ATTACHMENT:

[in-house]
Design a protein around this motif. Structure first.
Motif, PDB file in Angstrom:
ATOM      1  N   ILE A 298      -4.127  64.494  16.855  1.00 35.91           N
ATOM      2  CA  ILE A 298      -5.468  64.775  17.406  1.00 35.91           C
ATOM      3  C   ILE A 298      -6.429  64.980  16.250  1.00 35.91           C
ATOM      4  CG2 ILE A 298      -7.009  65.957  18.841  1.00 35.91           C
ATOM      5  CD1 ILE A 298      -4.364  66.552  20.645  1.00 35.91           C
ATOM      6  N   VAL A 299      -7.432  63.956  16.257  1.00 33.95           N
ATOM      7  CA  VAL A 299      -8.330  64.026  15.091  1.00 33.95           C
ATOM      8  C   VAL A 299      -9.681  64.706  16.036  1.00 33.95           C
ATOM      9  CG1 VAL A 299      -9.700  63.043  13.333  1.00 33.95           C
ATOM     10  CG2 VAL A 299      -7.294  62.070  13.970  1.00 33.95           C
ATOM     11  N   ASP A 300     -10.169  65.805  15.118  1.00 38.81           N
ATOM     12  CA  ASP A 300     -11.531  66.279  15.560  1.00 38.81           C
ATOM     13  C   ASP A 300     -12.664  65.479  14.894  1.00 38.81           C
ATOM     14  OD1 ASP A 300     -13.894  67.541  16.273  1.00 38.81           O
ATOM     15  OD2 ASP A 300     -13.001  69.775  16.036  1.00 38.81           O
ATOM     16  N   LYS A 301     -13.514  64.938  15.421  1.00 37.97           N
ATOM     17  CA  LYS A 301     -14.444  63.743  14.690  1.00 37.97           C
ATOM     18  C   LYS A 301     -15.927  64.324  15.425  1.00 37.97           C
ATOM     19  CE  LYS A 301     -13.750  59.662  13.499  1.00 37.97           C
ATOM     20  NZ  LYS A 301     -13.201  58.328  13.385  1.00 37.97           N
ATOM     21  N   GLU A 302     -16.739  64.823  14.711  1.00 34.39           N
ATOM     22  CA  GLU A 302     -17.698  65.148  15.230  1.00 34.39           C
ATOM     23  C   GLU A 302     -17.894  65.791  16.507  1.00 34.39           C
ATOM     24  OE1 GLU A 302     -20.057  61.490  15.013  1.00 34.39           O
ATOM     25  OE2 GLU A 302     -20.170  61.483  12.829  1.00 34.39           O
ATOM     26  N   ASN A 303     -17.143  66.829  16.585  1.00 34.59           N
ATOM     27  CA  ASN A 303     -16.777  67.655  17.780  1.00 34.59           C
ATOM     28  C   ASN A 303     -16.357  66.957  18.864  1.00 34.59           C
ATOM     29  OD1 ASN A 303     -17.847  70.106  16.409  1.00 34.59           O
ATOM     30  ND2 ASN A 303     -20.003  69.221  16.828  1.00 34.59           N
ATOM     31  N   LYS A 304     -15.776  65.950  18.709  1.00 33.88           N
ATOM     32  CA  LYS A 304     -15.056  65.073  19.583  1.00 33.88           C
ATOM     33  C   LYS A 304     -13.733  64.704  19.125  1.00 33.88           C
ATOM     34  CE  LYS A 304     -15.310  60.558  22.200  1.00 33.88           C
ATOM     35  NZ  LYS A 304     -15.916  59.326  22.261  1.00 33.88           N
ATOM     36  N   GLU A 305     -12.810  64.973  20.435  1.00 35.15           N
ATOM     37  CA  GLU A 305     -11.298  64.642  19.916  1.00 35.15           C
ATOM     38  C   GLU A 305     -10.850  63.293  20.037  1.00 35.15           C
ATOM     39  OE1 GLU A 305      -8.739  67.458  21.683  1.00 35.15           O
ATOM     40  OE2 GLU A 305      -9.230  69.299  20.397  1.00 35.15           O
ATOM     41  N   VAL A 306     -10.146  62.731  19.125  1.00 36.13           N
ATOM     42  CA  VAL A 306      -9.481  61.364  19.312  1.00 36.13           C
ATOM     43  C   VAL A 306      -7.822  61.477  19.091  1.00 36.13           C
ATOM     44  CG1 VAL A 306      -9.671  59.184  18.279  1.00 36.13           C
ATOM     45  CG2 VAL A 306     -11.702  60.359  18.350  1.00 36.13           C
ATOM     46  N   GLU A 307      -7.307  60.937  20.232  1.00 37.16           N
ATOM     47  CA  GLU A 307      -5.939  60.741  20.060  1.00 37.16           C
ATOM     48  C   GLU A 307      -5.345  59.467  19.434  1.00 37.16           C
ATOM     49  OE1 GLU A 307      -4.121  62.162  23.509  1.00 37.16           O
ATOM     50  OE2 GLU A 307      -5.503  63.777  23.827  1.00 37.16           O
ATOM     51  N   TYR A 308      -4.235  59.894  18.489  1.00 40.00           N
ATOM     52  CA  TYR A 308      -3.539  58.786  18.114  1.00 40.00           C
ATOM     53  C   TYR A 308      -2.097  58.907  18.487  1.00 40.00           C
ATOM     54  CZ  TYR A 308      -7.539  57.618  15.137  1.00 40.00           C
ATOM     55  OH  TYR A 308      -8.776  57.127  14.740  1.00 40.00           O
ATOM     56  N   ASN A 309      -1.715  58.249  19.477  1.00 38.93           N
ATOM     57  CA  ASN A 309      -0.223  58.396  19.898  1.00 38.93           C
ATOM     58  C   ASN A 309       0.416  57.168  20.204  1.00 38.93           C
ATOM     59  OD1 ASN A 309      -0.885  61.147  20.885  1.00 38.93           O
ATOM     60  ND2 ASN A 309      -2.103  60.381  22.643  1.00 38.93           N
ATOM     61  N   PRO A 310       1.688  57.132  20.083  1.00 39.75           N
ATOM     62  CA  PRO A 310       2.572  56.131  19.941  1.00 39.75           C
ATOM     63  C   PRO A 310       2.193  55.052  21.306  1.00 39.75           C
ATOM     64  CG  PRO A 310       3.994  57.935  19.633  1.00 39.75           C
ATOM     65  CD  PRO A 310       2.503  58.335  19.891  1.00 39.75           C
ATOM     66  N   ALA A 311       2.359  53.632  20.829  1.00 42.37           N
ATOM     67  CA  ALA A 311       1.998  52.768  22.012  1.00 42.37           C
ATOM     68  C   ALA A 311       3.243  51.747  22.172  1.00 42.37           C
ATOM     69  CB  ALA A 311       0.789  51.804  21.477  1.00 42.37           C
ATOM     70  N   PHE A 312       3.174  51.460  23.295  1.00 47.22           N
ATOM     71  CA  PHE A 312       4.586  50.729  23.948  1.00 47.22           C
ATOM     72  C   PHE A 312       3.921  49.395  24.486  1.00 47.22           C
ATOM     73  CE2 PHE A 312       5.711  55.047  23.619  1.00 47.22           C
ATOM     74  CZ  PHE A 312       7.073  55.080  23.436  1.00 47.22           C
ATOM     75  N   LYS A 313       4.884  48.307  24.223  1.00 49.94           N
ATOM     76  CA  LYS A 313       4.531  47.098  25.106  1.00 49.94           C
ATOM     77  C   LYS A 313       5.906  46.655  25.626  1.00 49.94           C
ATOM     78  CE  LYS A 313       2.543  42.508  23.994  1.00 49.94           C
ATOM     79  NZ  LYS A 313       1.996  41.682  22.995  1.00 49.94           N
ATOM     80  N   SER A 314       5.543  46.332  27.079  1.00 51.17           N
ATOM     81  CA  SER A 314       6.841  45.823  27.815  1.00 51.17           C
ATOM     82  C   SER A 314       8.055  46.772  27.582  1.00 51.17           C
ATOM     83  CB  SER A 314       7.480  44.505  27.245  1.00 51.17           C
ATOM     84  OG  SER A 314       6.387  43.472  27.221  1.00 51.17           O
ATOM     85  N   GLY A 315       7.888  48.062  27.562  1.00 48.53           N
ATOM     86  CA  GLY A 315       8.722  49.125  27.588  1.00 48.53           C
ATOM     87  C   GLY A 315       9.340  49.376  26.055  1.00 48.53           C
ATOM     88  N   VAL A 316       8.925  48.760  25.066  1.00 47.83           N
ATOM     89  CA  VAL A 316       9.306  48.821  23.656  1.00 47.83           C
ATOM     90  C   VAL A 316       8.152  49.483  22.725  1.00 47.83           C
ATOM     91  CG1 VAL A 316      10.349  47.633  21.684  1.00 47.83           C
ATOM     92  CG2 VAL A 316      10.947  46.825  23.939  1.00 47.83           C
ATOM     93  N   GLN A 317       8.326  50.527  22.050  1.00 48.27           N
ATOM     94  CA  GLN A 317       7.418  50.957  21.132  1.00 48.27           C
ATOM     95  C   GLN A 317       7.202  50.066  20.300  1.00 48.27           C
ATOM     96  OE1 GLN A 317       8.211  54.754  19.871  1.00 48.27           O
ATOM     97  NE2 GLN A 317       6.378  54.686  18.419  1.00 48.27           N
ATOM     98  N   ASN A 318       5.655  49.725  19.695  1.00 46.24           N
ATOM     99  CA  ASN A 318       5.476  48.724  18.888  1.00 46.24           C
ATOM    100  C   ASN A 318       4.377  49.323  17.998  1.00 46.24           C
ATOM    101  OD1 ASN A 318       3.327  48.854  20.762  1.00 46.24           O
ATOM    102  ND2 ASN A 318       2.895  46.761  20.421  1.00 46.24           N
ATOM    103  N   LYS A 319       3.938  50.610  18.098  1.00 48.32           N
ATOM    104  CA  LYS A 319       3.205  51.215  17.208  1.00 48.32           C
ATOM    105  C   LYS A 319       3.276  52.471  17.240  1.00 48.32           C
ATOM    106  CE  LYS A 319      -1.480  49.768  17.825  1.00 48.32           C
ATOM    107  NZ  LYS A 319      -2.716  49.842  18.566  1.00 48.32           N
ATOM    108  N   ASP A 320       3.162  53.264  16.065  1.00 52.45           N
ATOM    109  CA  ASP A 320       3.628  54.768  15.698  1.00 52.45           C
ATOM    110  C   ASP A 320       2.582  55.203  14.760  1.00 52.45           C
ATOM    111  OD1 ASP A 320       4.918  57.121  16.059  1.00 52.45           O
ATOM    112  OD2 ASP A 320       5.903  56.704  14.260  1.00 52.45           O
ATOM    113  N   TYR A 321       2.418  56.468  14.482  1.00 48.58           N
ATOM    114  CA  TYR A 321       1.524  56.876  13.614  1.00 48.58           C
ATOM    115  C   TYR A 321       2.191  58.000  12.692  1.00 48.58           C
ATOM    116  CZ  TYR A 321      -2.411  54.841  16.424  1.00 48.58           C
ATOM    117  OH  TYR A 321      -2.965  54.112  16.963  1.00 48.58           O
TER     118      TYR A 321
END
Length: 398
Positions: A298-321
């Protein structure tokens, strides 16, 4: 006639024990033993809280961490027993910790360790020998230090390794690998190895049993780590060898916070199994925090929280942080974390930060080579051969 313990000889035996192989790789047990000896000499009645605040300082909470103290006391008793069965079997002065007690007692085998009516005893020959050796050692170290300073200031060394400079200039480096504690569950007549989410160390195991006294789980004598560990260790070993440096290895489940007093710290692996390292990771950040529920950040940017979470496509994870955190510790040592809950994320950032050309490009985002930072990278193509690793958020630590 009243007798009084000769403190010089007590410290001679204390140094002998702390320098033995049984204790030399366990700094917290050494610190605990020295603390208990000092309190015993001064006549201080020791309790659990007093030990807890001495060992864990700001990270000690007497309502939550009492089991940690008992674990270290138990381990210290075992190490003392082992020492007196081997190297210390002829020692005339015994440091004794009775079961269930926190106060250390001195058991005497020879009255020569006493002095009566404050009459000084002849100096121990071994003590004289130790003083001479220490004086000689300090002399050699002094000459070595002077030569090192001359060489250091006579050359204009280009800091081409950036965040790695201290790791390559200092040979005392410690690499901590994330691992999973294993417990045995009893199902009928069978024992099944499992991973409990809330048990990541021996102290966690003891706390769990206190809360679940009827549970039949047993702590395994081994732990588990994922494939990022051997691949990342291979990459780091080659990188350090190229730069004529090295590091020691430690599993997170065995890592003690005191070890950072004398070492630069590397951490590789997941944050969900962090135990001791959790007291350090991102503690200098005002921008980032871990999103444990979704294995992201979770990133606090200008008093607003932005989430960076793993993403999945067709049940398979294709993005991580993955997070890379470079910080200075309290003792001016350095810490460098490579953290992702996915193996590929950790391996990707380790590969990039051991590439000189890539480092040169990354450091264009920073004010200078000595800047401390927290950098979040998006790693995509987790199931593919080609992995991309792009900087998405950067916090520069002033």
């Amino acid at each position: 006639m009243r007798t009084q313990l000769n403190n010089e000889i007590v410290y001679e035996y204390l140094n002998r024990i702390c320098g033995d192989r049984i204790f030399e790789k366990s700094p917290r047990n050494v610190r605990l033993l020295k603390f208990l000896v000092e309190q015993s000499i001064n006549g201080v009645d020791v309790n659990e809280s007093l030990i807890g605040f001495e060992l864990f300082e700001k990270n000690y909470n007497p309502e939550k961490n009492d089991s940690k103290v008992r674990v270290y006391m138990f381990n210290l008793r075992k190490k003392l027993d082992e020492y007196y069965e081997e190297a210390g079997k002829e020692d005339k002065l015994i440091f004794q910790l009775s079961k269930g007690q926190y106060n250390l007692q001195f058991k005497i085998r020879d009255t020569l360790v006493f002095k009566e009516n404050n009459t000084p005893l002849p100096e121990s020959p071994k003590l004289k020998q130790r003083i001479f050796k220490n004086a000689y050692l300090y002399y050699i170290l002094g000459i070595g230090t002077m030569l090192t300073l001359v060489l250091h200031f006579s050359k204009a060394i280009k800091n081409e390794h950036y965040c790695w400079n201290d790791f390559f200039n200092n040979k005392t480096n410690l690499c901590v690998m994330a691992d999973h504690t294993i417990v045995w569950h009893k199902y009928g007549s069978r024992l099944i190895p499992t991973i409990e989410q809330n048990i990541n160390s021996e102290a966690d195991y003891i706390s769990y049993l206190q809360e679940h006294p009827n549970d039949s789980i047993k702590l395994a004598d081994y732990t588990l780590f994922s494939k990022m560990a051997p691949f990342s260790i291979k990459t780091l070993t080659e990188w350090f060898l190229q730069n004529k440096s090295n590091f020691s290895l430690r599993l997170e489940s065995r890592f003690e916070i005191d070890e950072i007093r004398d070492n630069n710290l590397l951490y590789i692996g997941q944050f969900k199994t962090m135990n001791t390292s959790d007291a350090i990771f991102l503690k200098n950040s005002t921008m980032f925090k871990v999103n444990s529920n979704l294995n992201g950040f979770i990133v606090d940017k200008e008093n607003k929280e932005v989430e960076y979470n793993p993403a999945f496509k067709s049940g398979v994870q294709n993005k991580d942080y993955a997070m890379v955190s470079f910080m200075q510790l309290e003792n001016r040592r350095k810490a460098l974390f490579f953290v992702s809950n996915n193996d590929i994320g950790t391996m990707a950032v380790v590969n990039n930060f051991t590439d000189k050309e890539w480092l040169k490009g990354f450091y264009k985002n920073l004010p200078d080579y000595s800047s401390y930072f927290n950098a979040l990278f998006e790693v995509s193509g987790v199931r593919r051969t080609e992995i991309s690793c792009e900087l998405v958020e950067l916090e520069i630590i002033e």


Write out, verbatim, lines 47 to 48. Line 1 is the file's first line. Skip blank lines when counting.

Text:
ATOM     44  CG1 VAL A 306      -9.671  59.184  18.279  1.00 36.13           C
ATOM     45  CG2 VAL A 306     -11.702  60.359  18.350  1.00 36.13           C